Duchy of Ferrara
The Duchy of Ferrara (Latin: Ducatus Ferrariensis Emilian: Ducàt ad Frara Italian: Ducato di Ferrara) was a state in what is now northern Italy. It consisted of about 1,100 km2 south of the lower Po River, stretching to the valley of the lower Reno River, including the city of Ferrara. The territory was ruled by the House of Este from 1146 as vassals of the Holy Roman Empire.
Duchy of Ferrara, Modena and Reggio
Territories of the House of Este in 1494 (shown in canary yellow)
|Status||Fiefdom of the Holy Roman Empire|
|Common languages||Latin (official)|
|Duke of Ferrara|
• Borso d'Este becomes Duke
• Modena and Reggio become Duchies
• Ferrara made into Duchy
• House of Este lose Ferrara to Papacy
In 1471, the territory was transferred from the Empire to the Papal States. Borso d'Este, already Duke of Modena and Reggio, was created Duke of Ferrara by Pope Paul II. Borso and his successors ruled Ferrara as a quasi-sovereign state until 1597, when it came under direct papal rule.
The origin of Ferrara is uncertain. It was probably settled by the inhabitants of the lagoons at the mouth of the Po. There are two early centers of settlement: one round the cathedral, the other, the castrum bizantino, being the San Pietro district, on the opposite shore, where the Primaro empties into the Volano channel. Ferrara appears first in a document of the Lombard king Desiderius of 753 AD, as a city forming part of the Exarchate of Ravenna. Desiderius pledged a Lombard ducatus ferrariae ("Duchy of Ferrara") in 757 to Pope Stephen II.
In 984, Ferrara was given as a fief to Tedaldo, count of Modena and Canossa, nephew of Emperor Otto I. Ferrara afterwards became independent, but in 1101 was besieged and taken by Matilda of Tuscany. At this time it was mainly dominated by several great families, among them the prominent Adelardi (or Aleardi) family.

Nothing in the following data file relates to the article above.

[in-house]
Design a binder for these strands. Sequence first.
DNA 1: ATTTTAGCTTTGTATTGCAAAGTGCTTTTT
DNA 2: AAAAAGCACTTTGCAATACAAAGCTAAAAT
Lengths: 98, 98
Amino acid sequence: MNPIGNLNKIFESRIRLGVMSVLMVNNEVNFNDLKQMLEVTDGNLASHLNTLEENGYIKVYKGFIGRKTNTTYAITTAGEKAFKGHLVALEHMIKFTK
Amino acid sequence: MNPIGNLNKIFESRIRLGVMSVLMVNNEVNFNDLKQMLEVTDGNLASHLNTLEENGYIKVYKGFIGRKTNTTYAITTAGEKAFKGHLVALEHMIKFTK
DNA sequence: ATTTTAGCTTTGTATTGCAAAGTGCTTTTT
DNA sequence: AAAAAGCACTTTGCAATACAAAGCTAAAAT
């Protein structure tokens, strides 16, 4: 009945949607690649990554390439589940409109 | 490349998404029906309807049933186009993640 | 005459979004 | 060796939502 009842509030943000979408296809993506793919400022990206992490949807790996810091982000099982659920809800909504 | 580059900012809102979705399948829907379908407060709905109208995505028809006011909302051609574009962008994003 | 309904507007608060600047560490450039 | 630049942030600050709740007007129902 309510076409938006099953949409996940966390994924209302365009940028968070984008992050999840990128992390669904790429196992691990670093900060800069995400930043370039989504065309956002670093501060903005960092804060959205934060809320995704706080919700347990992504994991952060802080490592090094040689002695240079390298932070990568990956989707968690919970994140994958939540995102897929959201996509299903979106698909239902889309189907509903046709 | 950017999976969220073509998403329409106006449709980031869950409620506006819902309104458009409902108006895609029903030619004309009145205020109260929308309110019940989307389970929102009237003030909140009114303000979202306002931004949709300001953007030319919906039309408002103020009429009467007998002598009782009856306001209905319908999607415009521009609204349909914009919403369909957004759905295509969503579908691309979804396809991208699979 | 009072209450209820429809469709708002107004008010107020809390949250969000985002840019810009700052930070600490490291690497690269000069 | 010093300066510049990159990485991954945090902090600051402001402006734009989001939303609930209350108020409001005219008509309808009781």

In 1146, Guglielmo II of Adelardi, the last of the House of Adelardi, died, and his property passed, as the dowry of his niece the Marchesella, to Obizzo I of Este. There was considerable hostility between the newly entered family and the prominent Salinguerra family, but after considerable struggles Azzo VII of Este was nominated perpetual podestà in 1242. In 1259 Azzo captured Ezzelino of Verona in battle. Azzo's grandson, Obizzo II (1264–1293), succeeded him, and was made perpetual lord of the city by the population in 1264.
The House of Este was from henceforth settled in Ferrara. Obizzo also became lord of nearby Modena in 1288 and of Reggio in 1289.
Niccolò III (1393–1441) received several popes with great magnificence, especially Eugene IV, who held a council here in 1438. In 1452, Emperor Frederick III created Niccolò's son and successor Borso Duke of the imperial fiefs of Modena and Reggio. (That same year, Girolamo Savonarola was born in Ferrara.) In 1471, Ferrara was formally recognized as a fiefdom of the Papal States, and Borso was made Duke of Ferrara by Pope Paul II. Ercole I (1471–1505) carried on a war with Venice and increased the magnificence of the city.
Ercole I d'Este was one of the most important patrons of the arts in late 15th- and early 16th-century Italy, along the Medicis and Pope Julius II. During his reign, Ferrara grew into an international cultural centre, renowned for its architecture, music, literature and visual arts. Ferraranese painters established links with Flemish artists and their techniques, exchanging influences in colors and composition choices.